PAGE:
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2023 Tax Planning Guide

More Notable Considerations

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For 2022, the limit for Section 179 expensing on eligible property is $1,080,000 and phases out completely at $2,700,000. In 2023, the limit is $1,160,000 and phases out at $2,890,000.

Within these guidelines, Section 179 also allows for immediate 100% expensing of qualified improvement property placed in service from tax years 2018 through 2022. This provision begins to phase out in 2023, when there is a maximum of 80% expensing allowed. Improvements include:

  • Any improvement to a building’s interior, but not building enlargements, elevators and escalators, or changes to the internal structural framework of the building, and

  • Roofs, HVAC, and security and fire alarms.

The amount of bonus depreciation percentage you can use for qualified property acquired and placed in service after September 27, 2017 until January 1, 2023 is now 100%. In 2023, the bonus depreciation percentage drops to 80%. Talk to your tax professional to get the specifics, of which there are many.

The Work Opportunity Tax Credit provides an incentive for employers to hire long-term unemployed individuals (i.e., those unemployed for 27 weeks or longer). Generally, the credit is equal to 40% of the first $6,000 in wages paid out to the newly hired worker.

The Empowerment Zone Tax Incentive program, which was designed to incentivize business investment and job growth in certain economically disadvantaged areas, is available through December 31, 2025. The program may entitle you to expanded Section 179 deduction allowances, potential deferral of capital gains and the ability to finance projects using certain tax-exempt bonds.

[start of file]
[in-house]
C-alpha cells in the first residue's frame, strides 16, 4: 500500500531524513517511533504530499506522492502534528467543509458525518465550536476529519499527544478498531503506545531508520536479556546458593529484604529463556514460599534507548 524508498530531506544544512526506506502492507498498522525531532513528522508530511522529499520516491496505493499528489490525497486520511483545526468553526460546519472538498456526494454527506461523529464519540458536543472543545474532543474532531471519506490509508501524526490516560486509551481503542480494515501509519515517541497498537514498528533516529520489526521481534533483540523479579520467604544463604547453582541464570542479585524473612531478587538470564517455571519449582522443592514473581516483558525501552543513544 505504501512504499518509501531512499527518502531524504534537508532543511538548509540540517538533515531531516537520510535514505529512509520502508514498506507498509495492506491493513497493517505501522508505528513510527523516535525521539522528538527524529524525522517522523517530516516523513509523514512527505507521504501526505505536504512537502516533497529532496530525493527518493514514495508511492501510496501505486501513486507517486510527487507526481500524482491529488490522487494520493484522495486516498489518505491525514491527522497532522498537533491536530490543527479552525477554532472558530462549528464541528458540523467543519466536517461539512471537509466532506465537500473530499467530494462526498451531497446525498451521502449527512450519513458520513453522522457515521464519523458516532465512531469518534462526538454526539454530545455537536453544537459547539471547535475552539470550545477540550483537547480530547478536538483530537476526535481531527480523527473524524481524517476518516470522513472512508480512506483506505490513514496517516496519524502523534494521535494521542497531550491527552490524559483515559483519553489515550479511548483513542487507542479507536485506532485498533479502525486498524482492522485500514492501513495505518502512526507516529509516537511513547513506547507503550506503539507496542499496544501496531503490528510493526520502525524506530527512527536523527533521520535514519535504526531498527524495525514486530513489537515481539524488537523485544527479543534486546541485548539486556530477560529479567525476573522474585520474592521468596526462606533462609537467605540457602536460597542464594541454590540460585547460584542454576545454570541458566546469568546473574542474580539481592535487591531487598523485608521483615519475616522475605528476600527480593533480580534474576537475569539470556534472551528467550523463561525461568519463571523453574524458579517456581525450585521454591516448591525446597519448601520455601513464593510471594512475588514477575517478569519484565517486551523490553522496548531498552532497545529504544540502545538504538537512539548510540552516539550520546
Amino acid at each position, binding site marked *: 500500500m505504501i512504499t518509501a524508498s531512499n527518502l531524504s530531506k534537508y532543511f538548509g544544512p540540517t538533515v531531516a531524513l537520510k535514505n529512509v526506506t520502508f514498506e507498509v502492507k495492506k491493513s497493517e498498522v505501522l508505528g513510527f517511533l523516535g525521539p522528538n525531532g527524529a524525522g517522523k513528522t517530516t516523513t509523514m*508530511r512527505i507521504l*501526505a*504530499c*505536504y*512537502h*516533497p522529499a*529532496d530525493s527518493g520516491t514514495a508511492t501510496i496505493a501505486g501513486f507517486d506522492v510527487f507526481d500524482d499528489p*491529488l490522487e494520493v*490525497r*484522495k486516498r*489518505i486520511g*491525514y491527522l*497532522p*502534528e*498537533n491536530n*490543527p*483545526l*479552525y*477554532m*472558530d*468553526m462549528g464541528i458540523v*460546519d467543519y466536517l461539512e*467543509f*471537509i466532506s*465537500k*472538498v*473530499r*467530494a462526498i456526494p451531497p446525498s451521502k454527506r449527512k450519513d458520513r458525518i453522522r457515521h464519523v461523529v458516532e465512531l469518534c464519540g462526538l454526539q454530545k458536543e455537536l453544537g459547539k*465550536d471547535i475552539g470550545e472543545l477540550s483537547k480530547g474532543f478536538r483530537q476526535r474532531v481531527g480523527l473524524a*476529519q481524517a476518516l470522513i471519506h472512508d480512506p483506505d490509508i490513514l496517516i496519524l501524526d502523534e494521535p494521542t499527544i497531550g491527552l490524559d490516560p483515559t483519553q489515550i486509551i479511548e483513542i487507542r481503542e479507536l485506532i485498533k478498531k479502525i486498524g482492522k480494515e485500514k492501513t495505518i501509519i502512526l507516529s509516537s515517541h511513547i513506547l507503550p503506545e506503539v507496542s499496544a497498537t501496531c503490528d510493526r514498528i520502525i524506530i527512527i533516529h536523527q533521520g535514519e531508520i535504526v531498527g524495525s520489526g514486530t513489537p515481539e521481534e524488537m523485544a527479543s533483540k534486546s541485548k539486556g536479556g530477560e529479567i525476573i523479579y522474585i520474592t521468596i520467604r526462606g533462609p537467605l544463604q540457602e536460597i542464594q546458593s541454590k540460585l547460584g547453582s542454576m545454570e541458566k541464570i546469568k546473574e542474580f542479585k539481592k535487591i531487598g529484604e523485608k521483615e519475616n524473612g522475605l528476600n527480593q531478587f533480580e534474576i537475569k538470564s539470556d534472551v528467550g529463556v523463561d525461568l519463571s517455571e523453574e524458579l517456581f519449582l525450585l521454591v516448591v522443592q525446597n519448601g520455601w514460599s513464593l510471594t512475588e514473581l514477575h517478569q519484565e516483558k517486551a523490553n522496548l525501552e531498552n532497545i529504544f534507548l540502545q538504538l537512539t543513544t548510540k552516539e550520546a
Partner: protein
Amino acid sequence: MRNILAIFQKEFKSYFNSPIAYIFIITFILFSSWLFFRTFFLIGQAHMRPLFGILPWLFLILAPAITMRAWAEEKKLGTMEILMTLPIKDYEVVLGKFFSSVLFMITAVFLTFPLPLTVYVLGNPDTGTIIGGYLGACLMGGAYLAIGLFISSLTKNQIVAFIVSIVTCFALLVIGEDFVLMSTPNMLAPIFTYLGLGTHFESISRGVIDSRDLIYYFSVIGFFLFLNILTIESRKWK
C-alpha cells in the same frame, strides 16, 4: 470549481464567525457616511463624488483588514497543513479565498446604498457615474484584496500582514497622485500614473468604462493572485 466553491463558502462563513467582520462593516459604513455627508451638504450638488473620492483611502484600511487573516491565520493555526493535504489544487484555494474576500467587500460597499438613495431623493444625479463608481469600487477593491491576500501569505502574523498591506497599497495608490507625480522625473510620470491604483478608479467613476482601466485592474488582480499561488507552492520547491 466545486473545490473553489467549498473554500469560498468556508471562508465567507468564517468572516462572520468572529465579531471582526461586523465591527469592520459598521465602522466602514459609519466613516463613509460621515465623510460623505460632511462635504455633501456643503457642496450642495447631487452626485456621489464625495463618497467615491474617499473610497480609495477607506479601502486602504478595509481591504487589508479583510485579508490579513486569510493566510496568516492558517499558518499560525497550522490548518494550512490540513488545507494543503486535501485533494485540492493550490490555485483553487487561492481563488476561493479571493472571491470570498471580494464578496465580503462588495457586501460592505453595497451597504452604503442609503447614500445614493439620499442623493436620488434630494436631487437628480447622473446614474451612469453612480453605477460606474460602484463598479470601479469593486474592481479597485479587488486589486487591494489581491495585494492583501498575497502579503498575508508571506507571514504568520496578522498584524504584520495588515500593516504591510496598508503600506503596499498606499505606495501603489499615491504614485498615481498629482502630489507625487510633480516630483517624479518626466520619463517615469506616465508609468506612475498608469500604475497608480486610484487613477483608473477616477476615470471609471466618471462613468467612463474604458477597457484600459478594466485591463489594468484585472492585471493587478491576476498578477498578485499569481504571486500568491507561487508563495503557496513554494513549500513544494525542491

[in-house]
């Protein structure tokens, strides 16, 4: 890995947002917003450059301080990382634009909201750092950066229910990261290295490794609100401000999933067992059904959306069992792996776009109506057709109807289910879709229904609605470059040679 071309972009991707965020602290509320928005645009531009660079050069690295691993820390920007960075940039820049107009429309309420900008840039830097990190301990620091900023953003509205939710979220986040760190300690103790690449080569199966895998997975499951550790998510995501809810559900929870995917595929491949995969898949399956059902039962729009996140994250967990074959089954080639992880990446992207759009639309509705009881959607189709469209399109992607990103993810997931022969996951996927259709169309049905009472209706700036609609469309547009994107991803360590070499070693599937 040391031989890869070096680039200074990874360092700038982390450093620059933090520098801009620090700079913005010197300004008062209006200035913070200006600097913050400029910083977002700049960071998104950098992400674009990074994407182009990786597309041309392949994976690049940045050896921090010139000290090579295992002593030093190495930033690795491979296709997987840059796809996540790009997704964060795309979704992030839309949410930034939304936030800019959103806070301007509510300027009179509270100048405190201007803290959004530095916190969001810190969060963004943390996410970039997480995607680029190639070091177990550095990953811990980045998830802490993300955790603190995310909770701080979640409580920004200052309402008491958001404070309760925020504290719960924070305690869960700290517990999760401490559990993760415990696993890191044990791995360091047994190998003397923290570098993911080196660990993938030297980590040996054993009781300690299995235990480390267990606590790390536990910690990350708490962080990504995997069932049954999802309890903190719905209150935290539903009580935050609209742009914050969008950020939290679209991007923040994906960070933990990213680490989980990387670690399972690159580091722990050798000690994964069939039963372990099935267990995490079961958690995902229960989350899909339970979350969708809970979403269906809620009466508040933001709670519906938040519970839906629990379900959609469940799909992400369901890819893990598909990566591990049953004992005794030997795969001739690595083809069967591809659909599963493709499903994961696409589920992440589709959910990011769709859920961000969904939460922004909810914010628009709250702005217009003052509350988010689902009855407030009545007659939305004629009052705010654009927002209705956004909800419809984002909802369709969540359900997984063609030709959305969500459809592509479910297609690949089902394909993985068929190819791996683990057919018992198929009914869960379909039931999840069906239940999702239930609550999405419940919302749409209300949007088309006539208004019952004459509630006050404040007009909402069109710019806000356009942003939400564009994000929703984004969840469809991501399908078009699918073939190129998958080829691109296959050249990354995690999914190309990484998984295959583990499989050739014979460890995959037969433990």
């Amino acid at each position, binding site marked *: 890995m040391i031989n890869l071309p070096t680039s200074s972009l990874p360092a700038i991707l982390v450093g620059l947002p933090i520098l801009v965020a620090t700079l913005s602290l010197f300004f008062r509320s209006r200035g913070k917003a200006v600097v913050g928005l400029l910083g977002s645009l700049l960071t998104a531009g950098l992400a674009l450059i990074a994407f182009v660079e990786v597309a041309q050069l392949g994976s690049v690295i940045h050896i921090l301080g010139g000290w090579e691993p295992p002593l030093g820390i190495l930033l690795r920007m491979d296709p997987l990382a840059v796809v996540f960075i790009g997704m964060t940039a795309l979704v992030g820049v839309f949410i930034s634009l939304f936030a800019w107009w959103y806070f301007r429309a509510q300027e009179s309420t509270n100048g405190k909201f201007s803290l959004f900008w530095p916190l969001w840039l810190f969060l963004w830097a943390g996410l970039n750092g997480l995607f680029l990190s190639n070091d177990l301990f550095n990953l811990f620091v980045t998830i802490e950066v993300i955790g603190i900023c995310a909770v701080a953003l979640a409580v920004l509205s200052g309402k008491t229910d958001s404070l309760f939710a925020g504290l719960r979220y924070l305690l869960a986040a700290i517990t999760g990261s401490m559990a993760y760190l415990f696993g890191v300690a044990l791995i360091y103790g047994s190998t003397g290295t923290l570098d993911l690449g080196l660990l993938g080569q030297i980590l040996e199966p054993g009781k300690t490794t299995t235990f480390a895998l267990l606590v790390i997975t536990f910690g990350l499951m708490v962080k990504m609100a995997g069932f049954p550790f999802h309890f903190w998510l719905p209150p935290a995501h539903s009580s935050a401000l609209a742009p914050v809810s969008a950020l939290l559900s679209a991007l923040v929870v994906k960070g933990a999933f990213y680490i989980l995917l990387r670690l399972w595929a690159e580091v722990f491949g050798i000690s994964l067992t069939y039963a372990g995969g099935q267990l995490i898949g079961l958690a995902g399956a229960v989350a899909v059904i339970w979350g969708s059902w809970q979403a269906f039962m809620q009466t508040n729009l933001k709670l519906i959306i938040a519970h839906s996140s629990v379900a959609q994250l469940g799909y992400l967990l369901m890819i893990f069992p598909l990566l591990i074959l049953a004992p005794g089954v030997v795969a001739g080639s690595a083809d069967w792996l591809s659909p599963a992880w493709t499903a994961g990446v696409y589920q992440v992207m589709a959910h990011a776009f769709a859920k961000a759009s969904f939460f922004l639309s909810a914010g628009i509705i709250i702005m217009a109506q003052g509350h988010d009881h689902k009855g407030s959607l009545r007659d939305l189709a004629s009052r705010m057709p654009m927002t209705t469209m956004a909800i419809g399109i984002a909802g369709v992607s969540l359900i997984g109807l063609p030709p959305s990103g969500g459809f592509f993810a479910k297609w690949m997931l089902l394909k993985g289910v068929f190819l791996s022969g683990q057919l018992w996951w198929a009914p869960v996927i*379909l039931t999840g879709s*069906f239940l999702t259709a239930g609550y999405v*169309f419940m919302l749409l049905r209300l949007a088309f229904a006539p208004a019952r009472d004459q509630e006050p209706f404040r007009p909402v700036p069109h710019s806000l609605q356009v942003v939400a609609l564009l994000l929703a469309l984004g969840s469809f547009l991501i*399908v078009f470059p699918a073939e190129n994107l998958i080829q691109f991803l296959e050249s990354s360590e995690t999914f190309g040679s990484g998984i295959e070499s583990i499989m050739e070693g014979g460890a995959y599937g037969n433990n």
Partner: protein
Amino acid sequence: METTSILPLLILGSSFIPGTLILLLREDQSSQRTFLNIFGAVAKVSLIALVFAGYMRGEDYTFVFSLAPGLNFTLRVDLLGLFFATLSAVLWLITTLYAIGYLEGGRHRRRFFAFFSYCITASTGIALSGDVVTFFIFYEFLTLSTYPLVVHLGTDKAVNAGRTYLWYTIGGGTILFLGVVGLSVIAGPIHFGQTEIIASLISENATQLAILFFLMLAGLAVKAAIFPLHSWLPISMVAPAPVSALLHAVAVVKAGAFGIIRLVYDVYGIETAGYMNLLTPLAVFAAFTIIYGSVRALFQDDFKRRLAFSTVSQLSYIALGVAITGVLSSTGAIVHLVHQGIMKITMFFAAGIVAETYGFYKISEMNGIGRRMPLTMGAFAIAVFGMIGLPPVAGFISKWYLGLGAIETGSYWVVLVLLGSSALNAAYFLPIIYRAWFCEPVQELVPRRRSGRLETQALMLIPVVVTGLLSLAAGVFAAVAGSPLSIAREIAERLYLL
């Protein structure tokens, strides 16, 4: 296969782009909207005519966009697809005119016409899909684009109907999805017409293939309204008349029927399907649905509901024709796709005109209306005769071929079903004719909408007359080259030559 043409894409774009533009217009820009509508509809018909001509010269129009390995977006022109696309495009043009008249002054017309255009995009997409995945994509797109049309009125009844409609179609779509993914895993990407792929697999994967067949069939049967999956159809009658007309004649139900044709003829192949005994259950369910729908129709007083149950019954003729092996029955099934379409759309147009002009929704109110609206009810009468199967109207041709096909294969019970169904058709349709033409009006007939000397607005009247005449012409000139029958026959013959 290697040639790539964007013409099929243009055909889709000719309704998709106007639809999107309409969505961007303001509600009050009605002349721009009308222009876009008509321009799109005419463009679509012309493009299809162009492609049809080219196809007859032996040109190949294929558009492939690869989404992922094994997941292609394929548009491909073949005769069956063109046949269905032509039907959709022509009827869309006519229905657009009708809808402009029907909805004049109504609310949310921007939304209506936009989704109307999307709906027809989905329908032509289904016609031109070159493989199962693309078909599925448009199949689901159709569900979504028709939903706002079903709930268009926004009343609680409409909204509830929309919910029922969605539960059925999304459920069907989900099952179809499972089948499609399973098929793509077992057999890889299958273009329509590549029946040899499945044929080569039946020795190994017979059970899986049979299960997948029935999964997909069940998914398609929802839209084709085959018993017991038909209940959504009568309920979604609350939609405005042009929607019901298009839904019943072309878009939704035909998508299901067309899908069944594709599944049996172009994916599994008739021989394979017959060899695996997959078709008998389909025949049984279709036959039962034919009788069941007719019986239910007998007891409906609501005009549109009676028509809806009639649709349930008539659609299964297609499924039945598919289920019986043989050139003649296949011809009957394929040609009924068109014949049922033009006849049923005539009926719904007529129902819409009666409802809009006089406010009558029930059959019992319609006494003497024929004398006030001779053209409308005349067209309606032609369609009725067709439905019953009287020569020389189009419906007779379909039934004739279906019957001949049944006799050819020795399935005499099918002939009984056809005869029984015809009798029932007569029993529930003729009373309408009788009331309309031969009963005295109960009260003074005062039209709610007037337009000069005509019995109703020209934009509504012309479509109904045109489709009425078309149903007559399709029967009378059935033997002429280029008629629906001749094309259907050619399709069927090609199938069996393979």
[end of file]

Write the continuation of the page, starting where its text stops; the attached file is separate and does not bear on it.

Depreciation limits increased in 2022 for passenger vehicles placed in service between September 27, 2017 and December 31, 2022. If the taxpayer doesn’t claim bonus depreciation, limits range from $19,200 in the first year to $5,860 for years four and beyond. The deduction begins to phase out in 2023.

Through 2025, amended IRC Section 163(j) limits corporations’ business interest expensing to any business interest income, plus 30% of the business’ adjusted taxable income. The limit does not affect small businesses that averaged less than $27 million in annual gross receipts for the three previous tax years in tax year 2022 and $29 million for 2023.

For 2021 and 2022, business meals from restaurants were 100% deductible, but will revert back to 50% deductible in 2023. Entertainment expenses remain non-deductible.

If your average annual gross receipts were $29 million or less in the three previous tax years, you can choose either a cash or accrual method of accounting in 2023. In 2022, the limit was an average of $26 million or less.

If your gross receipts exceed that threshold, you must use the accrual method. For more information about the advantages and disadvantages of each method, speak with your tax professional, or see IRS Publication 538 – Accounting Periods and Methods.

Employers had the flexibility to allow employees to carry over any unused flexible spending or dependent care account monies as of December 31, 2021 to use in 2022. Typically, these accounts are “use it or lose it” with no rollover provisions. In 2023, employers may allow employees to contribute up to $3,050 to a health FSA.


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